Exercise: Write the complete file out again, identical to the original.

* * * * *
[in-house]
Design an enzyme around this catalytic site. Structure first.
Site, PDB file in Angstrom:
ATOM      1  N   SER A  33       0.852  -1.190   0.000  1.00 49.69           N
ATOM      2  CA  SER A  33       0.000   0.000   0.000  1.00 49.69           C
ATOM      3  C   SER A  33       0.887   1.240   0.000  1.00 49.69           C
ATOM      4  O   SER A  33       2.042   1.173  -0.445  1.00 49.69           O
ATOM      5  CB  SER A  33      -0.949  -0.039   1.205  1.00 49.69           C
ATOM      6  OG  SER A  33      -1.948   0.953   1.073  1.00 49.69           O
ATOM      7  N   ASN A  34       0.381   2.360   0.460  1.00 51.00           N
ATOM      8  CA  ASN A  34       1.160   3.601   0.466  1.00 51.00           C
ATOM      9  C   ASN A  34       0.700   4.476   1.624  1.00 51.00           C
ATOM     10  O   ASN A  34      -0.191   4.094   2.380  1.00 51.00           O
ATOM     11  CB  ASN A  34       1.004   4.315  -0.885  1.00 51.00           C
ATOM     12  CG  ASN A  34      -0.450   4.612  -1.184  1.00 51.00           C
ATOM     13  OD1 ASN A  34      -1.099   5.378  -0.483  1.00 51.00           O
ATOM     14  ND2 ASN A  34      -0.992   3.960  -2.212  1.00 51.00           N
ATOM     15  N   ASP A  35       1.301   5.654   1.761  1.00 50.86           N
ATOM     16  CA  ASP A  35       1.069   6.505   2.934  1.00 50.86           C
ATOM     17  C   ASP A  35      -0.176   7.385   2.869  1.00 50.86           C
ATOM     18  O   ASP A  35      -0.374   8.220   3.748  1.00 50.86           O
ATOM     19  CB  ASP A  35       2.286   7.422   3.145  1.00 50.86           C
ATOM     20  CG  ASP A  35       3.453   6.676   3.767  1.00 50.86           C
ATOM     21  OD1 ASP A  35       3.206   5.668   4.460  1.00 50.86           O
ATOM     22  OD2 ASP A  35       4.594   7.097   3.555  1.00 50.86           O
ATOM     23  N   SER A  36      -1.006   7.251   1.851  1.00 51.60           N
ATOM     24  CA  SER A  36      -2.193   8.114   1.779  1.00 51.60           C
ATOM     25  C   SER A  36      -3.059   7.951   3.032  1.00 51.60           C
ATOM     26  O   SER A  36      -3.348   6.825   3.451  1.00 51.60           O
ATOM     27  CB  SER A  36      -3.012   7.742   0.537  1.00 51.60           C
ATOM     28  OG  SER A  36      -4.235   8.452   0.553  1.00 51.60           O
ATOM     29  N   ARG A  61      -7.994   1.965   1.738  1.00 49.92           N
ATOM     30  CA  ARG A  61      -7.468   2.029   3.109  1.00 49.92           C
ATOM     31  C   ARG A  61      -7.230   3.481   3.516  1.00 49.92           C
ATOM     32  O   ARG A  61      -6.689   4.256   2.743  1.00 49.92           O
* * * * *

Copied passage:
[in-house]
Design an enzyme around this catalytic site. Structure first.
Site, PDB file in Angstrom:
ATOM      1  N   SER A  33       0.852  -1.190   0.000  1.00 49.69           N
ATOM      2  CA  SER A  33       0.000   0.000   0.000  1.00 49.69           C
ATOM      3  C   SER A  33       0.887   1.240   0.000  1.00 49.69           C
ATOM      4  O   SER A  33       2.042   1.173  -0.445  1.00 49.69           O
ATOM      5  CB  SER A  33      -0.949  -0.039   1.205  1.00 49.69           C
ATOM      6  OG  SER A  33      -1.948   0.953   1.073  1.00 49.69           O
ATOM      7  N   ASN A  34       0.381   2.360   0.460  1.00 51.00           N
ATOM      8  CA  ASN A  34       1.160   3.601   0.466  1.00 51.00           C
ATOM      9  C   ASN A  34       0.700   4.476   1.624  1.00 51.00           C
ATOM     10  O   ASN A  34      -0.191   4.094   2.380  1.00 51.00           O
ATOM     11  CB  ASN A  34       1.004   4.315  -0.885  1.00 51.00           C
ATOM     12  CG  ASN A  34      -0.450   4.612  -1.184  1.00 51.00           C
ATOM     13  OD1 ASN A  34      -1.099   5.378  -0.483  1.00 51.00           O
ATOM     14  ND2 ASN A  34      -0.992   3.960  -2.212  1.00 51.00           N
ATOM     15  N   ASP A  35       1.301   5.654   1.761  1.00 50.86           N
ATOM     16  CA  ASP A  35       1.069   6.505   2.934  1.00 50.86           C
ATOM     17  C   ASP A  35      -0.176   7.385   2.869  1.00 50.86           C
ATOM     18  O   ASP A  35      -0.374   8.220   3.748  1.00 50.86           O
ATOM     19  CB  ASP A  35       2.286   7.422   3.145  1.00 50.86           C
ATOM     20  CG  ASP A  35       3.453   6.676   3.767  1.00 50.86           C
ATOM     21  OD1 ASP A  35       3.206   5.668   4.460  1.00 50.86           O
ATOM     22  OD2 ASP A  35       4.594   7.097   3.555  1.00 50.86           O
ATOM     23  N   SER A  36      -1.006   7.251   1.851  1.00 51.60           N
ATOM     24  CA  SER A  36      -2.193   8.114   1.779  1.00 51.60           C
ATOM     25  C   SER A  36      -3.059   7.951   3.032  1.00 51.60           C
ATOM     26  O   SER A  36      -3.348   6.825   3.451  1.00 51.60           O
ATOM     27  CB  SER A  36      -3.012   7.742   0.537  1.00 51.60           C
ATOM     28  OG  SER A  36      -4.235   8.452   0.553  1.00 51.60           O
ATOM     29  N   ARG A  61      -7.994   1.965   1.738  1.00 49.92           N
ATOM     30  CA  ARG A  61      -7.468   2.029   3.109  1.00 49.92           C
ATOM     31  C   ARG A  61      -7.230   3.481   3.516  1.00 49.92           C
ATOM     32  O   ARG A  61      -6.689   4.256   2.743  1.00 49.92           O